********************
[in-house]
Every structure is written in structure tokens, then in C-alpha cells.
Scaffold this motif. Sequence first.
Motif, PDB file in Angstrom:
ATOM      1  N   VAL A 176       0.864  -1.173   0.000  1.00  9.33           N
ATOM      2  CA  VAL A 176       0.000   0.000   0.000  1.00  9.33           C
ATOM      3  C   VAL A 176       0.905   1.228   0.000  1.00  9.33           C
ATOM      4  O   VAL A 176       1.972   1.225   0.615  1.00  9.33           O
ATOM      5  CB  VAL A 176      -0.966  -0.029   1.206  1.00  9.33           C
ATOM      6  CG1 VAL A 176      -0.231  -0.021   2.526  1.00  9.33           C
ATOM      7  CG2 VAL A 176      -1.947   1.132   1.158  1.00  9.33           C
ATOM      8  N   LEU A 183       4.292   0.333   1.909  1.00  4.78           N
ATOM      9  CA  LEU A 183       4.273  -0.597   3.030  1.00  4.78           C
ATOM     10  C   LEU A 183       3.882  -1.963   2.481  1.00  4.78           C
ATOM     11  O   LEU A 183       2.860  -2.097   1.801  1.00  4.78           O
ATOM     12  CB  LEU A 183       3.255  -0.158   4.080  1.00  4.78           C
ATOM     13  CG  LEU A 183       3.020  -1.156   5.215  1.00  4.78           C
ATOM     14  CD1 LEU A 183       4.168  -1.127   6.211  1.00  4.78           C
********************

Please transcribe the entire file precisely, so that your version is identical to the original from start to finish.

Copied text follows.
[in-house]
Every structure is written in structure tokens, then in C-alpha cells.
Scaffold this motif. Sequence first.
Motif, PDB file in Angstrom:
ATOM      1  N   VAL A 176       0.864  -1.173   0.000  1.00  9.33           N
ATOM      2  CA  VAL A 176       0.000   0.000   0.000  1.00  9.33           C
ATOM      3  C   VAL A 176       0.905   1.228   0.000  1.00  9.33           C
ATOM      4  O   VAL A 176       1.972   1.225   0.615  1.00  9.33           O
ATOM      5  CB  VAL A 176      -0.966  -0.029   1.206  1.00  9.33           C
ATOM      6  CG1 VAL A 176      -0.231  -0.021   2.526  1.00  9.33           C
ATOM      7  CG2 VAL A 176      -1.947   1.132   1.158  1.00  9.33           C
ATOM      8  N   LEU A 183       4.292   0.333   1.909  1.00  4.78           N
ATOM      9  CA  LEU A 183       4.273  -0.597   3.030  1.00  4.78           C
ATOM     10  C   LEU A 183       3.882  -1.963   2.481  1.00  4.78           C
ATOM     11  O   LEU A 183       2.860  -2.097   1.801  1.00  4.78           O
ATOM     12  CB  LEU A 183       3.255  -0.158   4.080  1.00  4.78           C
ATOM     13  CG  LEU A 183       3.020  -1.156   5.215  1.00  4.78           C
ATOM     14  CD1 LEU A 183       4.168  -1.127   6.211  1.00  4.78           C